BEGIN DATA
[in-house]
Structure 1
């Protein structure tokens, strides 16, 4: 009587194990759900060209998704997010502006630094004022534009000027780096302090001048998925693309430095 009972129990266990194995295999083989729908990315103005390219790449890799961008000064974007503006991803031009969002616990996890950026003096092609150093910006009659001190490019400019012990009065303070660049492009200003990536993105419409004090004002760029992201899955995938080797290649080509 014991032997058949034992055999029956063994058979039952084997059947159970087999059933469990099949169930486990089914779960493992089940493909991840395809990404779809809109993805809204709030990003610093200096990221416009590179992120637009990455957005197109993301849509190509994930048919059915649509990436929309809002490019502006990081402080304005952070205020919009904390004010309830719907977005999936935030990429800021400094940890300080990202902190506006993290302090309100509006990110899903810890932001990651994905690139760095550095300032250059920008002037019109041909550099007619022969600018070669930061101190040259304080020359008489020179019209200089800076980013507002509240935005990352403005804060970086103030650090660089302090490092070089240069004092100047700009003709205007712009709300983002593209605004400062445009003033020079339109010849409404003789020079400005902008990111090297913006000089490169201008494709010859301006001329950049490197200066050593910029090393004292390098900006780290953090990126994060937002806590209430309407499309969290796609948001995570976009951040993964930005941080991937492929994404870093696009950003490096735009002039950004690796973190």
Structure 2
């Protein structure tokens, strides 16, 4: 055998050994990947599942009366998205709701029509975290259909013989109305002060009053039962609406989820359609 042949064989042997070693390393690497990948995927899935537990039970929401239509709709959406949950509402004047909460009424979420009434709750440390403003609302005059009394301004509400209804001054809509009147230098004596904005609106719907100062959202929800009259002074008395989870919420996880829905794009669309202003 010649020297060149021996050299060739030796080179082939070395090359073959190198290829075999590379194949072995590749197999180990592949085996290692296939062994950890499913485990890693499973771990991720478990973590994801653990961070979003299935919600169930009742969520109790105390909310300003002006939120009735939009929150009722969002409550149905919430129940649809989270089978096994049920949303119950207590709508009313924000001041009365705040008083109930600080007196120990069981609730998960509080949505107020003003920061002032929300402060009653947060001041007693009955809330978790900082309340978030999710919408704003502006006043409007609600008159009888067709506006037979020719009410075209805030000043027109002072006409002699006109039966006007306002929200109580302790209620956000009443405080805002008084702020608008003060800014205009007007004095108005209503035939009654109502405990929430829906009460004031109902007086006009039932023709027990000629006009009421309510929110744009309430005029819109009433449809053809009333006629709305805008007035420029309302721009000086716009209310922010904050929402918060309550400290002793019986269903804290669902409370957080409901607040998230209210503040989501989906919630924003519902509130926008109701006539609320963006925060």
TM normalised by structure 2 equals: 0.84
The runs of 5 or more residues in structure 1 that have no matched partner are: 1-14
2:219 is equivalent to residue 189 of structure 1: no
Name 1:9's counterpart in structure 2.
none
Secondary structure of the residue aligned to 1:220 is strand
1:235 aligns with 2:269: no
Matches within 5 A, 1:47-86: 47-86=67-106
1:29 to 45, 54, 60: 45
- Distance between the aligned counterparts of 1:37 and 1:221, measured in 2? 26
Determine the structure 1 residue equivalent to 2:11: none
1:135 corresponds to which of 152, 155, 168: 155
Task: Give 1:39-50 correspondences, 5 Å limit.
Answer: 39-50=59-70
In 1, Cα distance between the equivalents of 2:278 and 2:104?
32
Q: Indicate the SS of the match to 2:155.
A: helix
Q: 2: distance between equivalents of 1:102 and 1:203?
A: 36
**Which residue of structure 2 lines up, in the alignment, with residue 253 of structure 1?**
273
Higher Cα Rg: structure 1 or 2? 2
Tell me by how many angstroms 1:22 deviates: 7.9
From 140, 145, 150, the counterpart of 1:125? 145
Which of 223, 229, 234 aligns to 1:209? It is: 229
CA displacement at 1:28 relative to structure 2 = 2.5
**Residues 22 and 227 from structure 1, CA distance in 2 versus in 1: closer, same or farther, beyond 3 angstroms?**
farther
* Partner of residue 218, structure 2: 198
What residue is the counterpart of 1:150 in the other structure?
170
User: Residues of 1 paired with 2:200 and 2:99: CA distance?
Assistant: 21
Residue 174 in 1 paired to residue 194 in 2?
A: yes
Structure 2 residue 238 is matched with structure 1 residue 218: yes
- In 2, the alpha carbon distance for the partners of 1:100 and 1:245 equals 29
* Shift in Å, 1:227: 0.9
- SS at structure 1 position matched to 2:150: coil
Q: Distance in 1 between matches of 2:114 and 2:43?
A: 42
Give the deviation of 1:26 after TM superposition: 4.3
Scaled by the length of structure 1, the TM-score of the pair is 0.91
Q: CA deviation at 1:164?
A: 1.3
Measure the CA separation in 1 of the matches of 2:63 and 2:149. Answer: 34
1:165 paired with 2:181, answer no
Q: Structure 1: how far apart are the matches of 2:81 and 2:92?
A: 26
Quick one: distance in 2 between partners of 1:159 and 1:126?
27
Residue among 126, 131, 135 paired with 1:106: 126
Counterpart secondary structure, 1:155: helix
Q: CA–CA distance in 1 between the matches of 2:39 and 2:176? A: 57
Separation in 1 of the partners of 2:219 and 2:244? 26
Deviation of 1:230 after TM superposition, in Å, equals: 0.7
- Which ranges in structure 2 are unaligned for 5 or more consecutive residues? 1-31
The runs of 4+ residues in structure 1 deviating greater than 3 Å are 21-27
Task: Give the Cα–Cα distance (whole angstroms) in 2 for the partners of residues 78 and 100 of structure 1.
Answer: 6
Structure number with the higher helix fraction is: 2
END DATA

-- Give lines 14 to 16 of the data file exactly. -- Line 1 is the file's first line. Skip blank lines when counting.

1:29 to 45, 54, 60: 45
- Distance between the aligned counterparts of 1:37 and 1:221, measured in 2? 26
Determine the structure 1 residue equivalent to 2:11: none